- The Washington Times - Monday, October 17, 2005

KANSAS CITY, Mo. — One of the last players to leave the Washington Redskins locker room at Arrowhead Stadium yesterday, Joe Salave’a didn’t want to hear about the offense’s three turnovers, Kansas City’s 80-yard defensive touchdown or the fact Chiefs pass rusher Jared Allen was made to look like Reggie White with three forced fumbles and three sacks.

No, Salave’a was lamenting Priest Holmes’ 60-yard touchdown early in the fourth quarter that ended up being the difference in a 28-21 Kansas City victory.

Holmes, who caught the screen pass on the left side and used a variety of cut backs to dart across the field, was Salave’a’s assignment.

“When it’s your responsibility to cover somebody, you don’t do it and then that happens — it was being undisciplined on my part,” Salave’a said. “I just didn’t get out where I needed to be. I let my eyes deceive me. It’s mind boggling and unacceptable.”

But in Salave’a’s defense, it wasn’t the only mind-boggling and unacceptable play made by the Redskins. Their three fumbles turned into 10 Kansas City points. The Chiefs had six plays of 15 or more yards. And then there were the turnovers.

“On the road against really good teams, you can’t afford mistakes,” coach Joe Gibbs said. “We made a bunch of good plays, but it wasn’t enough.”

The Redskins had a chance to force overtime, but after driving to the Chiefs’ 33 in the final minute, four straight incompletions ended their chances and dropped them to 3-2, a half-game behind 4-2 Dallas in the NFC East and tied with the Giants and Philadelphia. The good news for the Redskins is they next play host to 1-4 San Francisco.

“We’ve dug ourselves into a little bit of a hole, but we’ll fight back,” quarterback Mark Brunell said.

“We’ll find out what kind of character we have, but I’m confident this team will clean up the mistakes.”

On a day that saw receiver Santana Moss continue to build his No. 1 receiver portfolio (a career-high 173 yards and a 78-yard touchdown), Brunell throw for 331 yards and three scores, the defense hold Holmes to 18 rushing yards and the special teams keep Dante Hall in check, the turnovers were the story.

Again.

Brunell fumbled at the 7-yard line on the Redskins opening drive, which Kansas City turned into a field goal. A second-quarter Brunell fumble happened at the Redskins 40. And running back Rock Cartwright’s third-quarter fumble was returned by Sammy Knight for an 80-yard touchdown.

Through five games, the Redskins are a combined minus-8 in turnover ratio. They haven’t forced a turnover since a pair of takeaways against Chicago in Week 1.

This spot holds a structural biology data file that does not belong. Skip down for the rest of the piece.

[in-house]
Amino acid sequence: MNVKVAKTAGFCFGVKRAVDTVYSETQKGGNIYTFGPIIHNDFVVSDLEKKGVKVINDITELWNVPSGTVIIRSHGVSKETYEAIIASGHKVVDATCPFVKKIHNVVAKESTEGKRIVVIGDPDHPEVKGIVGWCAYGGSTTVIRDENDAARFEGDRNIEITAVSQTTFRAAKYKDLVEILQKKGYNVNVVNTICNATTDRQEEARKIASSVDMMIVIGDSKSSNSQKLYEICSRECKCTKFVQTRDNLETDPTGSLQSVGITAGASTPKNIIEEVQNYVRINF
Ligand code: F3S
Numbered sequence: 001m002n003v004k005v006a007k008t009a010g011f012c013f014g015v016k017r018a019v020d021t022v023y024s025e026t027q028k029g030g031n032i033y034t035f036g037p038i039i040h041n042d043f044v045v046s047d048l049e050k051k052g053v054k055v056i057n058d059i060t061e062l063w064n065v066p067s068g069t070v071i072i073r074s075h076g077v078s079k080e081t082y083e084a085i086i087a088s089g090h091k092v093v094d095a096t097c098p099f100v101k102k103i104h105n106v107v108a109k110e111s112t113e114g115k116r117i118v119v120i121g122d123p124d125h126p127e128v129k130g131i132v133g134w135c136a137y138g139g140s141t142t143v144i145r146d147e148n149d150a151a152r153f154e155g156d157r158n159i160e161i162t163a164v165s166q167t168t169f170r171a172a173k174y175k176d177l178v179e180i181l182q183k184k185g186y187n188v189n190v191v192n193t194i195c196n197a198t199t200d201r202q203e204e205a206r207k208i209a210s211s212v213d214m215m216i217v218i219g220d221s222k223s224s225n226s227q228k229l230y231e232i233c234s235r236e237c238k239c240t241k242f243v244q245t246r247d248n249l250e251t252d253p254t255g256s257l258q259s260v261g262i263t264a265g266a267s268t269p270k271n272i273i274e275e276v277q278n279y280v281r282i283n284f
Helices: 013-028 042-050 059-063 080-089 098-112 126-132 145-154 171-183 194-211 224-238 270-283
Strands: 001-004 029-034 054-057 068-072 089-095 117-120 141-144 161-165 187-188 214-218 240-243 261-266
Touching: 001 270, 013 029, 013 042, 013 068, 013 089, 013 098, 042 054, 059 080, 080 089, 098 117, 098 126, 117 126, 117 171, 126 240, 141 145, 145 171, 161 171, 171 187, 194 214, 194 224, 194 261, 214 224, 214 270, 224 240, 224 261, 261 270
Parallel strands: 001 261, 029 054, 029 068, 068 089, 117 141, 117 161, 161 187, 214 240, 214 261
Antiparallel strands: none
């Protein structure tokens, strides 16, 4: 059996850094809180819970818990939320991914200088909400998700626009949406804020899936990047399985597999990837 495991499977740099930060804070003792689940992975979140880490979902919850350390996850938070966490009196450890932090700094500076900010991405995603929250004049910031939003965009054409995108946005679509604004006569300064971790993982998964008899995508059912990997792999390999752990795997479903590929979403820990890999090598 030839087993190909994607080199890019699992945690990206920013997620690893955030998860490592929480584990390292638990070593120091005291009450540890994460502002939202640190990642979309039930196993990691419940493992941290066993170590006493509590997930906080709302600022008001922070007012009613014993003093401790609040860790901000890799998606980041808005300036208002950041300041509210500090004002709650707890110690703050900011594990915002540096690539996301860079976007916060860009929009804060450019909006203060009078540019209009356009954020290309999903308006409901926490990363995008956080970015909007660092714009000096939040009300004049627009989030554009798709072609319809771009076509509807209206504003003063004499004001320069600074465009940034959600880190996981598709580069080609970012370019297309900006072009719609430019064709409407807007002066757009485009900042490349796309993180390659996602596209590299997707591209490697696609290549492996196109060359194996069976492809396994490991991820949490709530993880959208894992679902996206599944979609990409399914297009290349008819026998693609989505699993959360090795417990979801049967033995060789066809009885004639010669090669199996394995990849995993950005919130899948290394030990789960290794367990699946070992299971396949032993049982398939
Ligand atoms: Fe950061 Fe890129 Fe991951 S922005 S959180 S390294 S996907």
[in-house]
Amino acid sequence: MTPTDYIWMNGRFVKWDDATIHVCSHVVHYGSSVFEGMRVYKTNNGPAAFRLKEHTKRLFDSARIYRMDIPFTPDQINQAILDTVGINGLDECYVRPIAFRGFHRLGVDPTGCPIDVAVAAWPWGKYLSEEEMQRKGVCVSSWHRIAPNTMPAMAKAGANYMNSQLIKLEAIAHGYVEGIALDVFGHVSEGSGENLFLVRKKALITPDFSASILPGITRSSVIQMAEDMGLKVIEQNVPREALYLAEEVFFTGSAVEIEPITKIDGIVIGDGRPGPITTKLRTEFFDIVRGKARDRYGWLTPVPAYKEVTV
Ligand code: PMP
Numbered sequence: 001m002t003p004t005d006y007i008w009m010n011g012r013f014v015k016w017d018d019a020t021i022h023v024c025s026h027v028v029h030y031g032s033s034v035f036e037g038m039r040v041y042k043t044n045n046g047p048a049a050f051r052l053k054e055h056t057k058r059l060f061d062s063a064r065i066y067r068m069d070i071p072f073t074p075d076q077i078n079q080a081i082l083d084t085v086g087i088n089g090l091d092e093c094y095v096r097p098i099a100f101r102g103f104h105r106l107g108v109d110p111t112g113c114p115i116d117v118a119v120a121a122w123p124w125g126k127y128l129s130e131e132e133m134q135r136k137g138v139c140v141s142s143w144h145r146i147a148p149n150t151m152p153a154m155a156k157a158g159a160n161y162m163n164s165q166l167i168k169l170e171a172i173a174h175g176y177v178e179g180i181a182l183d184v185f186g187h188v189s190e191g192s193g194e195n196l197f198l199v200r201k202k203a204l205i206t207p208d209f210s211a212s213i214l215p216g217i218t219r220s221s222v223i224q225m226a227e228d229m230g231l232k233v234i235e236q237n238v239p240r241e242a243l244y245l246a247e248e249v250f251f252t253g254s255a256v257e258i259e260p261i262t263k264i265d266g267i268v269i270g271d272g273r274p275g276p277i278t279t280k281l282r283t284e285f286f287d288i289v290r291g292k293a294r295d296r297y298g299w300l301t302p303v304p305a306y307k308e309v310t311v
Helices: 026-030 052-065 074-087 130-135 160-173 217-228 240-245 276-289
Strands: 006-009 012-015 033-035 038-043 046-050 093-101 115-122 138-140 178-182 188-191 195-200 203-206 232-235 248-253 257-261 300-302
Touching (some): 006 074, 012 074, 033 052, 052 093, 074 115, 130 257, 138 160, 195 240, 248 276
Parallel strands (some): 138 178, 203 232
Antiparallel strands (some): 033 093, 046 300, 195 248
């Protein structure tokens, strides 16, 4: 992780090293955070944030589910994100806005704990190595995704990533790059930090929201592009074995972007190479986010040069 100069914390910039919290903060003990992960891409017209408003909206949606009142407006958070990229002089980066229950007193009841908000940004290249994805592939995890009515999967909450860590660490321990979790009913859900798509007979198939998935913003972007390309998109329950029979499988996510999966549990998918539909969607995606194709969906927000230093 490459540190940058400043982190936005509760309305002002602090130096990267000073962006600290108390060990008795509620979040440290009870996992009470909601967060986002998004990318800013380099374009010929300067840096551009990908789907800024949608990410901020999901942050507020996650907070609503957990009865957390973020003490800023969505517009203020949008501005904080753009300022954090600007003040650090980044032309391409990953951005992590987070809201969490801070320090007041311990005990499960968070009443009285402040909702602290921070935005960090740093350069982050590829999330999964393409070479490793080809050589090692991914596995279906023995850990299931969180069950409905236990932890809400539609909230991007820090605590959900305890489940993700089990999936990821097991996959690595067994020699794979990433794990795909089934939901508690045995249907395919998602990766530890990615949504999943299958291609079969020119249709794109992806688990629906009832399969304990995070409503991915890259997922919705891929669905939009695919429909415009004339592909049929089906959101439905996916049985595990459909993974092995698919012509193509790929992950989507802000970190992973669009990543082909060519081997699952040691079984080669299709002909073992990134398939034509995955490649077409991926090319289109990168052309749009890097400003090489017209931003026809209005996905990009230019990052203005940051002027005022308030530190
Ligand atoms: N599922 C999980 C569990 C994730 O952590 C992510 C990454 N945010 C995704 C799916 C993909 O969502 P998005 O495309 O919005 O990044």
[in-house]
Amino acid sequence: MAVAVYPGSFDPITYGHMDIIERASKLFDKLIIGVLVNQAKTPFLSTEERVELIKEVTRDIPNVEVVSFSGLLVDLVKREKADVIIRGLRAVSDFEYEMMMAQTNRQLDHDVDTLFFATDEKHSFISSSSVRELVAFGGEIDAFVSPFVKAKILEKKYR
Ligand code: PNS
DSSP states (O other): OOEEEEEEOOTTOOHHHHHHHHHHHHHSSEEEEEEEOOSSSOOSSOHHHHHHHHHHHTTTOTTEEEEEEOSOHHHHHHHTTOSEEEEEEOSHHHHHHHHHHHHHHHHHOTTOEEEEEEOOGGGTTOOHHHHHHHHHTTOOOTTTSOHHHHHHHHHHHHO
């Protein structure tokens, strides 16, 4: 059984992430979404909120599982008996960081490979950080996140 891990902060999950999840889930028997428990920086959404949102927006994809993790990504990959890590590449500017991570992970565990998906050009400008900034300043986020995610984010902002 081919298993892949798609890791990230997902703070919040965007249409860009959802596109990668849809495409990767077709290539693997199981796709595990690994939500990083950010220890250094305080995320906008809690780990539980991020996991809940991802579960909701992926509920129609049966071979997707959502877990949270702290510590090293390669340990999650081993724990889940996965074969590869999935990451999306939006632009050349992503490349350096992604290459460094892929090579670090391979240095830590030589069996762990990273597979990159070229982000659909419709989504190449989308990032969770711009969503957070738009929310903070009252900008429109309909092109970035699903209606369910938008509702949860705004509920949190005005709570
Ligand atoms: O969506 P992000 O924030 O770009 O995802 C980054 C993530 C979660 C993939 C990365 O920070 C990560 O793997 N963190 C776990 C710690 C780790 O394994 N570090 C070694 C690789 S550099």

“One stat that wins for you is turnovers and that’s always something that seems to hold true,” defensive end Renaldo Wynn said. “And our turnover production [stinks].”

What doesn’t stink is the chemistry between Brunell and Moss.

Before Holmes’ heroics, Moss caught two touchdowns — a 4-yarder in the second quarter and a 78-yard catch-and-run on Washington’s first drive of the second half. Kansas City started the half by driving 62 yards to take a 14-7 advantage. Following a sack of Brunell, Moss caught a quick pass and — thanks to designed blocks by tight end Robert Royal and left tackle Chris Samuels — flew down the left sideline for the longest reception of his NFL career.

“We had that play early in the first quarter and [Samuels] gave me a wonderful block, but unfortunately the guy fell into me,” Moss said. “I was mad at myself because that would have been [a touchdown]. It came up again and I was a little more patient and let those guys make their blocks.”

Gibbs called it “one of the prettiest plays I’ve seen. There was a real hole there and he’s a playmaker, that’s for sure.”

After a Chiefs three-and-out, the Redskins marched into Kansas City territory, poised to take the lead. But Cartwright was stripped from behind. Knight scooped it up and returned it 80 yards with 5:40 left in the third quarter.

“Someone got me from the backside and the ball came out,” Cartwright said. “I wasn’t protecting the ball with two hands.”

The Redskins answered with a 12-play, 67-yard drive to tie it at 21-21 on Brunell’s 11-yard pass to H-back Chris Cooley with 30 seconds left in the third quarter.

Holmes’ winning touchdown came with 13:21 left and although he didn’t break any tackles, several Redskins had shots to bring him down were it not for taking bad pursuit angles.

“We had some players out to dry over there,” linebacker Lemar Marshall said. “I saw a bunch of white shirts pursuing the ball but he made a nice cut, and then another cut and we couldn’t get him.”

The Redskins still had plenty of time, but consecutive sacks by Allen ended one drive and on their next possession, Gibbs elected to punt on fourth-and-8 from the Chiefs 40.

Problem was, the punt bounded into the end zone and the Chiefs held the ball for the next 4:18.

The Redskins took possession with no timeouts and 1:46 left at their own 22 and used Brunell completions of 11, 19 and 15 yards to get to the Chiefs 33 with 39 seconds left.

Brunell overshot Cooley on first down, missed an open James Thrash over the middle on second down, threw it away under pressure on third down and, on fourth down, had Moss momentarily open down the left sideline, but the pass was deflected by Knight.

“We just have to regroup,” right guard Randy Thomas said. “find a way to get started earlier, put games away and get the offense into the end zone without turning the ball over.”


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